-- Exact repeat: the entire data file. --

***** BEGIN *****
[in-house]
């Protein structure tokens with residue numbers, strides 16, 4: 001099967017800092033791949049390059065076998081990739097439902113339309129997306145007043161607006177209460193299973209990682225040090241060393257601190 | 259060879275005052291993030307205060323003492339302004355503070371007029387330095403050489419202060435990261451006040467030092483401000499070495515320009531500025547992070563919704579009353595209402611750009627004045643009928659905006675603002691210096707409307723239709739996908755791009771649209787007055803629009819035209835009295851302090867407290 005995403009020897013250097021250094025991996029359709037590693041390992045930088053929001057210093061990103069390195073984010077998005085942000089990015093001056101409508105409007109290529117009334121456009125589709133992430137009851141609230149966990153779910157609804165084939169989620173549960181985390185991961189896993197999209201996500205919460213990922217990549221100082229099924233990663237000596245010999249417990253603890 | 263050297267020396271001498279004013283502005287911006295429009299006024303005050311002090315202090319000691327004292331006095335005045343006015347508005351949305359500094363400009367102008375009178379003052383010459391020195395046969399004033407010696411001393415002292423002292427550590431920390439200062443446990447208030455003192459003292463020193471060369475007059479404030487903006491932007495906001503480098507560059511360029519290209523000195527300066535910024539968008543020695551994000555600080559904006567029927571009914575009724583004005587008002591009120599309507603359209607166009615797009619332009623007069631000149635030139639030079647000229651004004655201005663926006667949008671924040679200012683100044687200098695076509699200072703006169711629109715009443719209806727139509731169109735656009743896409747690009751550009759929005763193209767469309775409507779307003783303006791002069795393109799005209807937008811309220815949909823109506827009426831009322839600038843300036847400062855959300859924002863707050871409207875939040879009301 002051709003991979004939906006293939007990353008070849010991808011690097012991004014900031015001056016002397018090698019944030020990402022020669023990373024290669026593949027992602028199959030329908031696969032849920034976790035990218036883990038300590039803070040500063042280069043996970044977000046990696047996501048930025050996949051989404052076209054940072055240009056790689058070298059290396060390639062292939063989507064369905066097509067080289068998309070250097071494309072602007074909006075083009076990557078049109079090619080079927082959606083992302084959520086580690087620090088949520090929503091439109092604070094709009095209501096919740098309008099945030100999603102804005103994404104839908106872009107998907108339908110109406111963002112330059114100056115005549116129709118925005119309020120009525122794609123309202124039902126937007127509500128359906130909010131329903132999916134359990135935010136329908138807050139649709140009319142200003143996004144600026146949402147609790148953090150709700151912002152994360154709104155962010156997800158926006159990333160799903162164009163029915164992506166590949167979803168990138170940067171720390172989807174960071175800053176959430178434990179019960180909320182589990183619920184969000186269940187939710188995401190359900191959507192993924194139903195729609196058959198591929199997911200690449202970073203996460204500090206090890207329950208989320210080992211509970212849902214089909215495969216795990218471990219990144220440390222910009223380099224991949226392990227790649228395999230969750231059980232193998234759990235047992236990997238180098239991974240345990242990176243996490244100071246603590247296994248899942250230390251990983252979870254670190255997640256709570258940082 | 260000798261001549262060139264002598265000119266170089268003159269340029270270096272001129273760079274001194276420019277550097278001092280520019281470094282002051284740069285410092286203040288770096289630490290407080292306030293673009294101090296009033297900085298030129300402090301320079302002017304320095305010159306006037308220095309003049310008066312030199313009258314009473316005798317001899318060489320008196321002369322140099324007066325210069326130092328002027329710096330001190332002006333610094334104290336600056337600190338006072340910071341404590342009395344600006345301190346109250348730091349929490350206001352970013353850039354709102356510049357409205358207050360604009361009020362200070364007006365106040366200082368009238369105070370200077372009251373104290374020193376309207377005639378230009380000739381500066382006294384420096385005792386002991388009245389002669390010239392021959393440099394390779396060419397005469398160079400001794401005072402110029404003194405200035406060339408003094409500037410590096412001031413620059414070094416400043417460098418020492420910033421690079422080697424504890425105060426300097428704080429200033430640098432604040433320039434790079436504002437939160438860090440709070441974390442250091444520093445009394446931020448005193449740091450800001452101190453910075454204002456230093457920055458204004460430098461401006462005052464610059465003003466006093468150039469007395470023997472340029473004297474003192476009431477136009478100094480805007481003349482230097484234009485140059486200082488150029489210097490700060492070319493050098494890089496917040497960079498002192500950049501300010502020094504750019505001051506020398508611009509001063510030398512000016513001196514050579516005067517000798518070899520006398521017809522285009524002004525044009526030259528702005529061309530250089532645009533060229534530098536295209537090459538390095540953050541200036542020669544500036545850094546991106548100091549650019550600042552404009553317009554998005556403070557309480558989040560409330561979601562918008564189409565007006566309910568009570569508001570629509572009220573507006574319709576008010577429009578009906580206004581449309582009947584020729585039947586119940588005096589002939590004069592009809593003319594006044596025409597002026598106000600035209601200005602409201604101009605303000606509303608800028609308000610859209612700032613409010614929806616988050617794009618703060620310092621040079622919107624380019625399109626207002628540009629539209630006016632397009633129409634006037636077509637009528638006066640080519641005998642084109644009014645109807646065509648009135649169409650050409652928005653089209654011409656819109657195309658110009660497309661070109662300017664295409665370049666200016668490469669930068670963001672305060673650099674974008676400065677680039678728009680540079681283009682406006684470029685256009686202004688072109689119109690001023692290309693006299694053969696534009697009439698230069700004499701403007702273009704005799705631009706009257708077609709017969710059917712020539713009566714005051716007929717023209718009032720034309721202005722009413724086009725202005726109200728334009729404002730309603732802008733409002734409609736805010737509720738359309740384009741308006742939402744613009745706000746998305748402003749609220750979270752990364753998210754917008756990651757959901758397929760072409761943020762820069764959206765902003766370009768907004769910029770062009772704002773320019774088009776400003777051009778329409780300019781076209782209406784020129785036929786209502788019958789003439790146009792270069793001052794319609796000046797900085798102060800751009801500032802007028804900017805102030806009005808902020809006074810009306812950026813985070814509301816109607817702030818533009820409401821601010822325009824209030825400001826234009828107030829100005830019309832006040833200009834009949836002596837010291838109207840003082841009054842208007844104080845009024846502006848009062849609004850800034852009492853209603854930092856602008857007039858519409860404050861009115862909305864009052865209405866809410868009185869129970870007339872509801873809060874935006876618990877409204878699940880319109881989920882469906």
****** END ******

[in-house]
């Protein structure tokens with residue numbers, strides 16, 4: 001099967017800092033791949049390059065076998081990739097439902113339309129997306145007043161607006177209460193299973209990682225040090241060393257601190 | 259060879275005052291993030307205060323003492339302004355503070371007029387330095403050489419202060435990261451006040467030092483401000499070495515320009531500025547992070563919704579009353595209402611750009627004045643009928659905006675603002691210096707409307723239709739996908755791009771649209787007055803629009819035209835009295851302090867407290 005995403009020897013250097021250094025991996029359709037590693041390992045930088053929001057210093061990103069390195073984010077998005085942000089990015093001056101409508105409007109290529117009334121456009125589709133992430137009851141609230149966990153779910157609804165084939169989620173549960181985390185991961189896993197999209201996500205919460213990922217990549221100082229099924233990663237000596245010999249417990253603890 | 263050297267020396271001498279004013283502005287911006295429009299006024303005050311002090315202090319000691327004292331006095335005045343006015347508005351949305359500094363400009367102008375009178379003052383010459391020195395046969399004033407010696411001393415002292423002292427550590431920390439200062443446990447208030455003192459003292463020193471060369475007059479404030487903006491932007495906001503480098507560059511360029519290209523000195527300066535910024539968008543020695551994000555600080559904006567029927571009914575009724583004005587008002591009120599309507603359209607166009615797009619332009623007069631000149635030139639030079647000229651004004655201005663926006667949008671924040679200012683100044687200098695076509699200072703006169711629109715009443719209806727139509731169109735656009743896409747690009751550009759929005763193209767469309775409507779307003783303006791002069795393109799005209807937008811309220815949909823109506827009426831009322839600038843300036847400062855959300859924002863707050871409207875939040879009301 002051709003991979004939906006293939007990353008070849010991808011690097012991004014900031015001056016002397018090698019944030020990402022020669023990373024290669026593949027992602028199959030329908031696969032849920034976790035990218036883990038300590039803070040500063042280069043996970044977000046990696047996501048930025050996949051989404052076209054940072055240009056790689058070298059290396060390639062292939063989507064369905066097509067080289068998309070250097071494309072602007074909006075083009076990557078049109079090619080079927082959606083992302084959520086580690087620090088949520090929503091439109092604070094709009095209501096919740098309008099945030100999603102804005103994404104839908106872009107998907108339908110109406111963002112330059114100056115005549116129709118925005119309020120009525122794609123309202124039902126937007127509500128359906130909010131329903132999916134359990135935010136329908138807050139649709140009319142200003143996004144600026146949402147609790148953090150709700151912002152994360154709104155962010156997800158926006159990333160799903162164009163029915164992506166590949167979803168990138170940067171720390172989807174960071175800053176959430178434990179019960180909320182589990183619920184969000186269940187939710188995401190359900191959507192993924194139903195729609196058959198591929199997911200690449202970073203996460204500090206090890207329950208989320210080992211509970212849902214089909215495969216795990218471990219990144220440390222910009223380099224991949226392990227790649228395999230969750231059980232193998234759990235047992236990997238180098239991974240345990242990176243996490244100071246603590247296994248899942250230390251990983252979870254670190255997640256709570258940082 | 260000798261001549262060139264002598265000119266170089268003159269340029270270096272001129273760079274001194276420019277550097278001092280520019281470094282002051284740069285410092286203040288770096289630490290407080292306030293673009294101090296009033297900085298030129300402090301320079302002017304320095305010159306006037308220095309003049310008066312030199313009258314009473316005798317001899318060489320008196321002369322140099324007066325210069326130092328002027329710096330001190332002006333610094334104290336600056337600190338006072340910071341404590342009395344600006345301190346109250348730091349929490350206001352970013353850039354709102356510049357409205358207050360604009361009020362200070364007006365106040366200082368009238369105070370200077372009251373104290374020193376309207377005639378230009380000739381500066382006294384420096385005792386002991388009245389002669390010239392021959393440099394390779396060419397005469398160079400001794401005072402110029404003194405200035406060339408003094409500037410590096412001031413620059414070094416400043417460098418020492420910033421690079422080697424504890425105060426300097428704080429200033430640098432604040433320039434790079436504002437939160438860090440709070441974390442250091444520093445009394446931020448005193449740091450800001452101190453910075454204002456230093457920055458204004460430098461401006462005052464610059465003003466006093468150039469007395470023997472340029473004297474003192476009431477136009478100094480805007481003349482230097484234009485140059486200082488150029489210097490700060492070319493050098494890089496917040497960079498002192500950049501300010502020094504750019505001051506020398508611009509001063510030398512000016513001196514050579516005067517000798518070899520006398521017809522285009524002004525044009526030259528702005529061309530250089532645009533060229534530098536295209537090459538390095540953050541200036542020669544500036545850094546991106548100091549650019550600042552404009553317009554998005556403070557309480558989040560409330561979601562918008564189409565007006566309910568009570569508001570629509572009220573507006574319709576008010577429009578009906580206004581449309582009947584020729585039947586119940588005096589002939590004069592009809593003319594006044596025409597002026598106000600035209601200005602409201604101009605303000606509303608800028609308000610859209612700032613409010614929806616988050617794009618703060620310092621040079622919107624380019625399109626207002628540009629539209630006016632397009633129409634006037636077509637009528638006066640080519641005998642084109644009014645109807646065509648009135649169409650050409652928005653089209654011409656819109657195309658110009660497309661070109662300017664295409665370049666200016668490469669930068670963001672305060673650099674974008676400065677680039678728009680540079681283009682406006684470029685256009686202004688072109689119109690001023692290309693006299694053969696534009697009439698230069700004499701403007702273009704005799705631009706009257708077609709017969710059917712020539713009566714005051716007929717023209718009032720034309721202005722009413724086009725202005726109200728334009729404002730309603732802008733409002734409609736805010737509720738359309740384009741308006742939402744613009745706000746998305748402003749609220750979270752990364753998210754917008756990651757959901758397929760072409761943020762820069764959206765902003766370009768907004769910029770062009772704002773320019774088009776400003777051009778329409780300019781076209782209406784020129785036929786209502788019958789003439790146009792270069793001052794319609796000046797900085798102060800751009801500032802007028804900017805102030806009005808902020809006074810009306812950026813985070814509301816109607817702030818533009820409401821601010822325009824209030825400001826234009828107030829100005830019309832006040833200009834009949836002596837010291838109207840003082841009054842208007844104080845009024846502006848009062849609004850800034852009492853209603854930092856602008857007039858519409860404050861009115862909305864009052865209405866809410868009185869129970870007339872509801873809060874935006876618990877409204878699940880319109881989920882469906």